... his mother's Sunday cap in a bandbox that sat where Lizzy should have been, clambered over the front wheel, to the great detriment of the despised butternut suit, and, seizing the whip, applied it so suddenly to Tom and Jerry that they started off down the Coventry road at a pace that threatened a solution of continuity to bones and sinews, as well ...
— Atlantic Monthly, Volume 3, Issue 17, March, 1859 • Various

... my Lord," D—— continued, "old Tom, Dick, and George were allowed to go ashore yesterday, and, instead of behaving like decent fellows, as they ought to have done on arriving at a foreign port, they must get drunk, and nearly drown themselves in trying to get ...
— A Yacht Voyage to Norway, Denmark, and Sweden - 2nd edition • W. A. Ross

... ever heard about Little Thumb, or Tom Thumb as he was sometimes called? Such a queer little fellow, and such adventures, you surely must ...
— Boys and Girls Bookshelf (Vol 2 of 17) - Folk-Lore, Fables, And Fairy Tales • Various

... forty-five degrees. Soft, pulpy babies asleep in perambulators, the sun shining straight into their faces. Babies gnawing the tails of synthetic dogs. Babies without necks. Pale, scorbutic babies of the third and fourth generation, damned because their grandfathers and great-grandfathers read Tom Paine. Babies of a bluish tinge, or with vermilion eyes. Babies full of soporifics. Thin, cartilaginous babies that stretch when they are lifted. Warm, damp, miasmatic babies. Affectionate, ingratiating, gurgling babies: the larvae of life insurance solicitors, fashionable ...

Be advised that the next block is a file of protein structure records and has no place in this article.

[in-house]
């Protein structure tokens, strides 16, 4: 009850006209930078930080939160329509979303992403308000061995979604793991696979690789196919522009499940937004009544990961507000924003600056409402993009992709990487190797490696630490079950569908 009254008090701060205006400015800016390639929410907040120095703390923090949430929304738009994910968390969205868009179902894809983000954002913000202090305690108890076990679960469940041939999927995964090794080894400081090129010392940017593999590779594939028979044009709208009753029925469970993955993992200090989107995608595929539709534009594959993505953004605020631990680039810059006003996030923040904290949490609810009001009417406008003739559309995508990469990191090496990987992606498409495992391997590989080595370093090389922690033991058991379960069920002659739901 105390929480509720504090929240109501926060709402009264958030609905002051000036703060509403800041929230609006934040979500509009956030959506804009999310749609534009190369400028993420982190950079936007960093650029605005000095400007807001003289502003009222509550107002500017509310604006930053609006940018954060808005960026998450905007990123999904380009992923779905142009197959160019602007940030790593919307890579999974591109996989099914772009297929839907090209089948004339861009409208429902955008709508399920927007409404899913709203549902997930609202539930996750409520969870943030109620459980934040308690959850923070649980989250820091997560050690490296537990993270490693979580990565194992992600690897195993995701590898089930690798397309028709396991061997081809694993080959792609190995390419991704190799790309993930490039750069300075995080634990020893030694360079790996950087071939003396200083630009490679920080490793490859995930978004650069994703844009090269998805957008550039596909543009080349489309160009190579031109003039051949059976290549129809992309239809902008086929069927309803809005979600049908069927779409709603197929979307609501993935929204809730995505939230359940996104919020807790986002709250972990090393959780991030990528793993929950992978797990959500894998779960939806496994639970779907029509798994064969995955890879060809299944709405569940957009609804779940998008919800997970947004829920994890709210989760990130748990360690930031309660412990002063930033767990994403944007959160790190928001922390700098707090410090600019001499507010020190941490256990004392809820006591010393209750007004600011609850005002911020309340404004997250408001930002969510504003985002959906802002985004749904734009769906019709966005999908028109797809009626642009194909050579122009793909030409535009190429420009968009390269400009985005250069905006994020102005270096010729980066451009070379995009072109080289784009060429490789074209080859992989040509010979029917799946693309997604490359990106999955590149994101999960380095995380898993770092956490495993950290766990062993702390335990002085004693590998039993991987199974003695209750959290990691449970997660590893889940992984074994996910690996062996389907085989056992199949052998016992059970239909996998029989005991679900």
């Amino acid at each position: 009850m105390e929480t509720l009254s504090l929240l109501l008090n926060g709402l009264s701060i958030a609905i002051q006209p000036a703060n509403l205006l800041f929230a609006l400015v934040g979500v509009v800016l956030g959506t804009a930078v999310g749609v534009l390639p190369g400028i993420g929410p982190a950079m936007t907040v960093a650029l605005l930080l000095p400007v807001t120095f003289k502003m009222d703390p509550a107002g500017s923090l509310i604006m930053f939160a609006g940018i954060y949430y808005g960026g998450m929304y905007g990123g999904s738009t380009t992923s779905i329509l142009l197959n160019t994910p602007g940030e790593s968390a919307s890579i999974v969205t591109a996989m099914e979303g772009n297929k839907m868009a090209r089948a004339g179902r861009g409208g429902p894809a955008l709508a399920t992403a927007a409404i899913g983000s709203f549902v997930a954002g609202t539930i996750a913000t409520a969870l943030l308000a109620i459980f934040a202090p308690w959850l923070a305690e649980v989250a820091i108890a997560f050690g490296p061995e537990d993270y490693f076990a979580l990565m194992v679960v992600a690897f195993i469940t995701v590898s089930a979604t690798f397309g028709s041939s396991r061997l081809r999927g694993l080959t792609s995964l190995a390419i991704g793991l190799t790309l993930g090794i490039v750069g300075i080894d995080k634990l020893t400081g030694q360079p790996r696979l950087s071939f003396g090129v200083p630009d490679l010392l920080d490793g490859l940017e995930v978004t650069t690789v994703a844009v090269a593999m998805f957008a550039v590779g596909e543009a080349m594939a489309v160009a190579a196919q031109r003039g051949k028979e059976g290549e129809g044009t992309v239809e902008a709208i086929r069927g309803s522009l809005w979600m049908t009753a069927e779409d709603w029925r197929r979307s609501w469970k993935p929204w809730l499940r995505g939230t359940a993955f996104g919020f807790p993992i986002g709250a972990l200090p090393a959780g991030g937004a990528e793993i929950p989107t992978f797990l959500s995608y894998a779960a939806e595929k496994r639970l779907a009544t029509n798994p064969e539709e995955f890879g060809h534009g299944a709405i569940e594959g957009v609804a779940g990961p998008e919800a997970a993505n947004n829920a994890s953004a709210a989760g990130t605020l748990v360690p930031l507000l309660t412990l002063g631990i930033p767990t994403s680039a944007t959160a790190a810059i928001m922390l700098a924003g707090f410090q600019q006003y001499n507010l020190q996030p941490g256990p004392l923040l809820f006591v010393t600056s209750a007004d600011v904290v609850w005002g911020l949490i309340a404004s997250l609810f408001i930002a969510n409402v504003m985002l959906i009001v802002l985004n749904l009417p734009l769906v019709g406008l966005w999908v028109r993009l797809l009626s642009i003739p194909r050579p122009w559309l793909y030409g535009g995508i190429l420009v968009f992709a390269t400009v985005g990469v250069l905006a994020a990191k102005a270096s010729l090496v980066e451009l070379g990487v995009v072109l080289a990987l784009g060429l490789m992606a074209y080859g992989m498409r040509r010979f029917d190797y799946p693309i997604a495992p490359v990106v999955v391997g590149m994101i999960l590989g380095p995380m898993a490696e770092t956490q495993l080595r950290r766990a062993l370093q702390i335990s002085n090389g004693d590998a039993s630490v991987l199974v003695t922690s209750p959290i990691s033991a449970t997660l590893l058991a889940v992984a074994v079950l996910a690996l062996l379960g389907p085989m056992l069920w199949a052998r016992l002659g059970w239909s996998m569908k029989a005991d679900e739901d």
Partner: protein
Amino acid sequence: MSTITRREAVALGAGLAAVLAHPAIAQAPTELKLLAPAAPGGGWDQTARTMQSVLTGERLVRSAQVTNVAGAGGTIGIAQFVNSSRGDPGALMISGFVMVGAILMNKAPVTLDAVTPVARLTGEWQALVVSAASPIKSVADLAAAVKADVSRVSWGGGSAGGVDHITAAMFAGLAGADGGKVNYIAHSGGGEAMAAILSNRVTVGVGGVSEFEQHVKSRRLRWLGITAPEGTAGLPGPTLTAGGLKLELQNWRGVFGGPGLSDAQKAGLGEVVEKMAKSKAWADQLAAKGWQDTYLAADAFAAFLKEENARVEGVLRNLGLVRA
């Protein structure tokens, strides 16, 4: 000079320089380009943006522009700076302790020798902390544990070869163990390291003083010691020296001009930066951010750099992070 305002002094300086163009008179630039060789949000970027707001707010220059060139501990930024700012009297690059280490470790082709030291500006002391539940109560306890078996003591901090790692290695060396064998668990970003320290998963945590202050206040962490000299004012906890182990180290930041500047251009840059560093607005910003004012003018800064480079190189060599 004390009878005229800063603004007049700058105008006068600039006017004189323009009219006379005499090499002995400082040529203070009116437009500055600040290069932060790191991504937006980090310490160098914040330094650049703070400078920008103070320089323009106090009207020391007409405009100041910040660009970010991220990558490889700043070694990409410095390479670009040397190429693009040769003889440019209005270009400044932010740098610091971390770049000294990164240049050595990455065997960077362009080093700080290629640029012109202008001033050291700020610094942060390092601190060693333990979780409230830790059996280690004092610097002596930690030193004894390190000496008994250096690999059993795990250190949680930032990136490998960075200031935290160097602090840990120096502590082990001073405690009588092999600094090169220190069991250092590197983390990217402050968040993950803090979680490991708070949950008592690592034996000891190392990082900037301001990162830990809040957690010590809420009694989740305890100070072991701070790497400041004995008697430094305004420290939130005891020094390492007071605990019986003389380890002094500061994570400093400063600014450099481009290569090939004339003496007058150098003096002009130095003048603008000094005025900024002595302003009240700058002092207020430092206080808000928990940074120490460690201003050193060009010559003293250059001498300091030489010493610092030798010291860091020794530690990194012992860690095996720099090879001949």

— A Book of Burlesques • H. L. Mencken

... many dogs in the course of the winter. Two — Jeppe and Jakob — died of some disease or other. Knaegten was shot, as he lost almost all his hair over half his body. Madeiro, born at Madeira, disappeared early in the autumn; Tom disappeared later — both these undoubtedly fell into crevasses. We had a very good opportunity — twice — of seeing how this might happen; both times we saw the dog disappear into the crevasse, and could watch him from the surface. He went quite quietly backwards ...
— The South Pole, Volumes 1 and 2 • Roald Amundsen

... "Wilkins—Tom Wilkins. He isn't a bad fellow in some respects—he is steady and sober, and never keeps back a farthing of his wages for himself; but his views are something dreadful. I can not stand them at any price, and so I'm forever telling ...
— The Farringdons • Ellen Thorneycroft Fowler

... Tom, I shall certainly assist at college; and, I am sure, the Doctor expects that I should do the same for Horace: but I must make my arrangements, so as not to ...
— The Letters of Lord Nelson to Lady Hamilton, Vol II. - With A Supplement Of Interesting Letters By Distinguished Characters • Horatio Nelson

... master was getting this information, Bob quickly, but apparently carelessly, approached the head brakeman who had helped bring the train from Chicago. It was Tom Smithers—also a friend of Bob's, who made a point of knowing every employee running into ...
— The Air Ship Boys • H.L. Sayler

... a shell from an empty "Long Tom" one, by cutting the latter down, for the "Long Toms" shells were of greater calibre, and after having it filled with four pom-pom bullets, some cordite etc., we made it tight with copper wire, and ...
— My Reminiscences of the Anglo-Boer War • Ben Viljoen